For much of the past century, the First World War has been remembered through the myths created in its aftermath. The memoirs and autobiographical writings of these years, preoccupied with their need to remember and to forget, told a story of lost youth and innocence, of the sweeping away of past certainties, of a gradual recognition that the “enemy” was not the other side but the politicians and war profiteers at home, and of the insufficiency of words to articulate the shock and hell of what this war had really been like. This “innocence to experience” model of the Great War also provided the frame by which the poetry of wartime was understood; the patriotic idealism and heroic rhetoric of young officer poets at its start giving way, by 1916 and the Battle of the Somme, to bitter disillusionment and a determination to reveal the realities of the war with angry protest or melancholic personal testimony.
Belgian literary scholar Geert Buelens’ Everything to Nothing presents a very different account of the cultural history of the war, one in which the radical art movements burgeoning all over Europe in the years immediately preceding it are implicated in the politics of the war from its beginning, and in the cultural shaping of national identities and responses during and after. “From the start of the conflict, poets played a central role in mobilizing large groups of people,” Buelens declares. “The war culture that characterized the First World War was, to a large extent, a literary culture, and more specifically a poetic one.”
For a contemporary society that has come to assume that all war poets were, or at least became, anti-war, it is a discomfiting claim, but Buelens makes it unflinchingly, demanding that readers recognise the consequences of the national jingoism and revolutionary idealism of poets from Rainer Maria Rilke to Fernando Pessoa, Vladimir Mayakovsky to Guillaume Apollinaire. Drawing together poetic voices from France, Germany, Britain, Russia, Poland, Belgium, the Netherlands, Luxembourg, Italy, Portugal and elsewhere, he reveals how the politics as well as the pity of the war were shaped by the power of words.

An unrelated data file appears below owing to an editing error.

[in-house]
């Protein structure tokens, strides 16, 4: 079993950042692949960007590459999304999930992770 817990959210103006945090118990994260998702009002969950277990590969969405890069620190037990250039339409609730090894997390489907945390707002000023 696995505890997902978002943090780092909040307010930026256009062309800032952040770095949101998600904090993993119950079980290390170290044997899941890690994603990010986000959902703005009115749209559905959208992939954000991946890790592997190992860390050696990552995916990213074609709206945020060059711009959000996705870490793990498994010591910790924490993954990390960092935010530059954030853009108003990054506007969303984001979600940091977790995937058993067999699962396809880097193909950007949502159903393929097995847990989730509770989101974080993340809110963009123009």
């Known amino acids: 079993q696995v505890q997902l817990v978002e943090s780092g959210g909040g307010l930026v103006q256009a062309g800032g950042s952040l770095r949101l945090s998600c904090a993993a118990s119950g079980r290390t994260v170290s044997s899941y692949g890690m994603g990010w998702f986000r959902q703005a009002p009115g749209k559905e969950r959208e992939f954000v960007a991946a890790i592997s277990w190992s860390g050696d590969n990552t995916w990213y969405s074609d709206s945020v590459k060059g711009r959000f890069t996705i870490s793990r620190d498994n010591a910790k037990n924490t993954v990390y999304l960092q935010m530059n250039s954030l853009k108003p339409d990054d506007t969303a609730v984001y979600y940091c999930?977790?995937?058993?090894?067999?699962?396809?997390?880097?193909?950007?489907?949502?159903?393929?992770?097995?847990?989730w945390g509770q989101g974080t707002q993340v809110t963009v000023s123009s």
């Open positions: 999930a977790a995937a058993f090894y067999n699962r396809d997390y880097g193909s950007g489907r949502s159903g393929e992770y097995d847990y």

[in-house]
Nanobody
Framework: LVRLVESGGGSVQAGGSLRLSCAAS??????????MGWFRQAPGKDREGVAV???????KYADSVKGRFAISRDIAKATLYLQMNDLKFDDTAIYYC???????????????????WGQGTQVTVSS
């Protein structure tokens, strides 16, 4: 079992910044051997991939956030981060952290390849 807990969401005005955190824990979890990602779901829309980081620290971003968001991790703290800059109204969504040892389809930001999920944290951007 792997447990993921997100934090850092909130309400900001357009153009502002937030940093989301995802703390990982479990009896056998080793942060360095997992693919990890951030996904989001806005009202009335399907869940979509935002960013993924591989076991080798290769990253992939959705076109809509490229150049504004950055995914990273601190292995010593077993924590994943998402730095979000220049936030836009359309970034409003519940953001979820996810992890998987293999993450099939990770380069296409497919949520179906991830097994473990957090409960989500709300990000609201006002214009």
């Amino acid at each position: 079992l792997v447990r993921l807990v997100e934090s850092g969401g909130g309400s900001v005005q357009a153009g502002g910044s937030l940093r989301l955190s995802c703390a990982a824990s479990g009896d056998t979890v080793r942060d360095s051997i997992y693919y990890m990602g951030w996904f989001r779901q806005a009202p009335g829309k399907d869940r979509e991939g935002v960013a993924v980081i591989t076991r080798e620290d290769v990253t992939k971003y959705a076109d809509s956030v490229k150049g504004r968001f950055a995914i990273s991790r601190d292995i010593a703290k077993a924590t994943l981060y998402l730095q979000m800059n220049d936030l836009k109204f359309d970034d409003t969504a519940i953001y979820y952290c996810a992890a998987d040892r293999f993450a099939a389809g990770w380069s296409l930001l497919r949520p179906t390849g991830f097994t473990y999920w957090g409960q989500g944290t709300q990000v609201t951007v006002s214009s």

In England, myth would have it that on the eve of the conflict an island nation was enjoying a halcyon Edwardian summer, oblivious to the possibility of war. But this was also a period of radicalism, unrest and revolution – manifest in the claims to suffrage, to Home Rule for Ireland, in trade union strikes and in the aggressive aesthetics of radical art movements, with their rhetoric of violence and warfare. As Buelens demonstrates in rich detail, cultural and political debate across Europe in the 1910s was saturated by the language and imagery of militarism, aggression and destruction, with an ideal of war widely celebrated as a panacea against the degeneration of modernity, from which would emerge a better, purer world.
A cultural climate of revolution and regeneration thus developed alongside the increasingly tense political relations of Europe’s key nation states, as the new and rapidly modernising German empire continued to expand its military, much to the concern of the established powers of Russia, England and France, while the imploding dual monarchy of Austria-Hungary threatened to draw all of them into overt antagonism. Writers across Europe were not unaware of the uneasy relations between different nations, and the complexity of the interdependent strategic alliances that promised to topple the world into conflict. “We seem to see Great Britain drifting inevitably towards a war with Germany,” the half-English, half-German novelist Ford Madox Ford (then Hueffer) wrote as early as 1909. “There are a hundred factors that make for it; we can observe none that makes for peace.”